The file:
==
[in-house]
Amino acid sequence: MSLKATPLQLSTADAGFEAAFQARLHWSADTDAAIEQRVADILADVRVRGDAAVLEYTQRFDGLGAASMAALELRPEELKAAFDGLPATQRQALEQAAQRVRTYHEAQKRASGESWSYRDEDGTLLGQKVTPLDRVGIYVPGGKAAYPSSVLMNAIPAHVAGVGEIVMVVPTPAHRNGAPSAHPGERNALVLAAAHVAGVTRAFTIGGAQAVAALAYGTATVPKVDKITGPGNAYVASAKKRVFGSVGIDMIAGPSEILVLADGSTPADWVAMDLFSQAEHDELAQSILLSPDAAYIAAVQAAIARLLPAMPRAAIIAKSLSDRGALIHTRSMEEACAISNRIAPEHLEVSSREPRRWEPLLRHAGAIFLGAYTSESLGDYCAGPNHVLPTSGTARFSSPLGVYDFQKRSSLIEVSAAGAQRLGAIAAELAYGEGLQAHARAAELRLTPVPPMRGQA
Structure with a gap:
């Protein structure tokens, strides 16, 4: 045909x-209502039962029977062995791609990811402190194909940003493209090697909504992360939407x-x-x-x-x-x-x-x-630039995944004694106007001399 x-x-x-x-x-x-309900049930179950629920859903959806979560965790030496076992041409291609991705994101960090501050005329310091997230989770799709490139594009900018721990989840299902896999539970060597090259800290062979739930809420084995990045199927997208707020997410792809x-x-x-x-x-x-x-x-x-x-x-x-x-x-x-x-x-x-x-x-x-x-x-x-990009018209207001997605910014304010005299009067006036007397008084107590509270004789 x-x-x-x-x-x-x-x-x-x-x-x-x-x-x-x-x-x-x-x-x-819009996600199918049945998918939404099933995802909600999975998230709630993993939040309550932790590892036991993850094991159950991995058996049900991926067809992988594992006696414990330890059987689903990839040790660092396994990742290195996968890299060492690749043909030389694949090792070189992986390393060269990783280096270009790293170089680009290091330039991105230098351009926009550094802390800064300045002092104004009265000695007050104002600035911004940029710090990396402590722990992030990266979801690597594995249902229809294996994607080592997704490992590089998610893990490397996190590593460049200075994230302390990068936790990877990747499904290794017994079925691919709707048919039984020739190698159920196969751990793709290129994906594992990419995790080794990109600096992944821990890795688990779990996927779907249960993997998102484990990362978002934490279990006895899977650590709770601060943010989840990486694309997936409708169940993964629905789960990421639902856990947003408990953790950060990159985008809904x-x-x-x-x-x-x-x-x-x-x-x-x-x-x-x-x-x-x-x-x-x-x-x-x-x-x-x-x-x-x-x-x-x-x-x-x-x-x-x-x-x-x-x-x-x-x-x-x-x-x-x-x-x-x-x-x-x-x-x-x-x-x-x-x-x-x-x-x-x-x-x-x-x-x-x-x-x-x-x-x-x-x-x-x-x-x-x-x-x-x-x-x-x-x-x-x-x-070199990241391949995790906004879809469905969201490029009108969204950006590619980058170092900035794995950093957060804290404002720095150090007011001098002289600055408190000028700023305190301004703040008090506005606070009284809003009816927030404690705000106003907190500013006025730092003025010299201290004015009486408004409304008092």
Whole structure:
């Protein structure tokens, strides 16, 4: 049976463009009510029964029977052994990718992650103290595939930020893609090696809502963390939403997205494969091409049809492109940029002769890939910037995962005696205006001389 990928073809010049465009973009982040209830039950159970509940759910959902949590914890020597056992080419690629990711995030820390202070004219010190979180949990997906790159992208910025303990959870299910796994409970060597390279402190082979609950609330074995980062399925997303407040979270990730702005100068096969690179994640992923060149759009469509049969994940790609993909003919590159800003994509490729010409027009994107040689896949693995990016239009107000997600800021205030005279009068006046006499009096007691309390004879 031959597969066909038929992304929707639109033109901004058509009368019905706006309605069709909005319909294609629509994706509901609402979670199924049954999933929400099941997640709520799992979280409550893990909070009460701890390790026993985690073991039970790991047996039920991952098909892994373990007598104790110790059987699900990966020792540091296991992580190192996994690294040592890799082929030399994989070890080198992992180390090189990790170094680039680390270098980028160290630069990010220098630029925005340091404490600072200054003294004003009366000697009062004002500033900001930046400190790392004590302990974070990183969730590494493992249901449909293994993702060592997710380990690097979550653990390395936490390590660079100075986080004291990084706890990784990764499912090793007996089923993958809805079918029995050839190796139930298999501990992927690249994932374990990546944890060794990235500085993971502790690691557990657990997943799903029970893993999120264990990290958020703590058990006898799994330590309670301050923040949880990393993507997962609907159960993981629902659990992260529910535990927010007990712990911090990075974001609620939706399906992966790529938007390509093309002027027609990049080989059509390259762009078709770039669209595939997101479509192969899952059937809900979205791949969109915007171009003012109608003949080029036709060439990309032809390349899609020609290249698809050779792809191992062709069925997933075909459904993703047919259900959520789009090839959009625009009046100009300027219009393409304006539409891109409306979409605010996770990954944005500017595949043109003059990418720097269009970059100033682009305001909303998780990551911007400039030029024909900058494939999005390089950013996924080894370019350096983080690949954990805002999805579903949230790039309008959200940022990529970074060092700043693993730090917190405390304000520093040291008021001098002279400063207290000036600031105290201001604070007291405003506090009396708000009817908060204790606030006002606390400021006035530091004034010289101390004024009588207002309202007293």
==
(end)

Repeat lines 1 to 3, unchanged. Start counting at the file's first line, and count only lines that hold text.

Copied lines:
[in-house]
Amino acid sequence: MSLKATPLQLSTADAGFEAAFQARLHWSADTDAAIEQRVADILADVRVRGDAAVLEYTQRFDGLGAASMAALELRPEELKAAFDGLPATQRQALEQAAQRVRTYHEAQKRASGESWSYRDEDGTLLGQKVTPLDRVGIYVPGGKAAYPSSVLMNAIPAHVAGVGEIVMVVPTPAHRNGAPSAHPGERNALVLAAAHVAGVTRAFTIGGAQAVAALAYGTATVPKVDKITGPGNAYVASAKKRVFGSVGIDMIAGPSEILVLADGSTPADWVAMDLFSQAEHDELAQSILLSPDAAYIAAVQAAIARLLPAMPRAAIIAKSLSDRGALIHTRSMEEACAISNRIAPEHLEVSSREPRRWEPLLRHAGAIFLGAYTSESLGDYCAGPNHVLPTSGTARFSSPLGVYDFQKRSSLIEVSAAGAQRLGAIAAELAYGEGLQAHARAAELRLTPVPPMRGQA
Structure with a gap: